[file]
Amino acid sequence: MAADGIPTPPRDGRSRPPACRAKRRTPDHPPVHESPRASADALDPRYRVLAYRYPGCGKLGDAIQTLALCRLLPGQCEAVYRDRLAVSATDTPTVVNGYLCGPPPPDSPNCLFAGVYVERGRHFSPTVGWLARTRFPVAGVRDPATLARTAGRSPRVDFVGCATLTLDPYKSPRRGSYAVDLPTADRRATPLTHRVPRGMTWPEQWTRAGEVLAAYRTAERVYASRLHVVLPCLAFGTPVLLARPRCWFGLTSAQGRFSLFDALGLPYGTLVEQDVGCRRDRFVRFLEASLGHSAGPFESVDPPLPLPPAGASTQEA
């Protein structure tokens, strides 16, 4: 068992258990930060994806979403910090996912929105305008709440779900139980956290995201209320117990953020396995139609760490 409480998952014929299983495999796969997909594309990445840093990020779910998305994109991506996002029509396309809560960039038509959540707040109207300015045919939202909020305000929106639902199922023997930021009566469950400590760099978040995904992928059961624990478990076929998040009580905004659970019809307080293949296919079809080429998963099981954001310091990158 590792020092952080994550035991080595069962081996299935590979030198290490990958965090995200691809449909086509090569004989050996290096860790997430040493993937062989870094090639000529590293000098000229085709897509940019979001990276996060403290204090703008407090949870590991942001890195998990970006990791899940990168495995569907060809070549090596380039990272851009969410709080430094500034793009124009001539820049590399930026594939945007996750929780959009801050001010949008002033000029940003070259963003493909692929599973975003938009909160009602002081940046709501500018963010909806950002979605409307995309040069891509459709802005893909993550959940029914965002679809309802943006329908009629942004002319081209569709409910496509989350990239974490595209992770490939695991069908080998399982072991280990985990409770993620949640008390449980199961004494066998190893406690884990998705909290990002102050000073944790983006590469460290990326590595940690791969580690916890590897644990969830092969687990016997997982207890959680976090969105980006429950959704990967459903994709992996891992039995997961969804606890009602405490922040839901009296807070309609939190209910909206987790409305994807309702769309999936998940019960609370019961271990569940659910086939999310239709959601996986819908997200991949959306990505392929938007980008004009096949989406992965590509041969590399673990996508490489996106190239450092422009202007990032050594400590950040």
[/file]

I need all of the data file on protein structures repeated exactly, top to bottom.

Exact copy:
Amino acid sequence: MAADGIPTPPRDGRSRPPACRAKRRTPDHPPVHESPRASADALDPRYRVLAYRYPGCGKLGDAIQTLALCRLLPGQCEAVYRDRLAVSATDTPTVVNGYLCGPPPPDSPNCLFAGVYVERGRHFSPTVGWLARTRFPVAGVRDPATLARTAGRSPRVDFVGCATLTLDPYKSPRRGSYAVDLPTADRRATPLTHRVPRGMTWPEQWTRAGEVLAAYRTAERVYASRLHVVLPCLAFGTPVLLARPRCWFGLTSAQGRFSLFDALGLPYGTLVEQDVGCRRDRFVRFLEASLGHSAGPFESVDPPLPLPPAGASTQEA
């Protein structure tokens, strides 16, 4: 068992258990930060994806979403910090996912929105305008709440779900139980956290995201209320117990953020396995139609760490 409480998952014929299983495999796969997909594309990445840093990020779910998305994109991506996002029509396309809560960039038509959540707040109207300015045919939202909020305000929106639902199922023997930021009566469950400590760099978040995904992928059961624990478990076929998040009580905004659970019809307080293949296919079809080429998963099981954001310091990158 590792020092952080994550035991080595069962081996299935590979030198290490990958965090995200691809449909086509090569004989050996290096860790997430040493993937062989870094090639000529590293000098000229085709897509940019979001990276996060403290204090703008407090949870590991942001890195998990970006990791899940990168495995569907060809070549090596380039990272851009969410709080430094500034793009124009001539820049590399930026594939945007996750929780959009801050001010949008002033000029940003070259963003493909692929599973975003938009909160009602002081940046709501500018963010909806950002979605409307995309040069891509459709802005893909993550959940029914965002679809309802943006329908009629942004002319081209569709409910496509989350990239974490595209992770490939695991069908080998399982072991280990985990409770993620949640008390449980199961004494066998190893406690884990998705909290990002102050000073944790983006590469460290990326590595940690791969580690916890590897644990969830092969687990016997997982207890959680976090969105980006429950959704990967459903994709992996891992039995997961969804606890009602405490922040839901009296807070309609939190209910909206987790409305994807309702769309999936998940019960609370019961271990569940659910086939999310239709959601996986819908997200991949959306990505392929938007980008004009096949989406992965590509041969590399673990996508490489996106190239450092422009202007990032050594400590950040």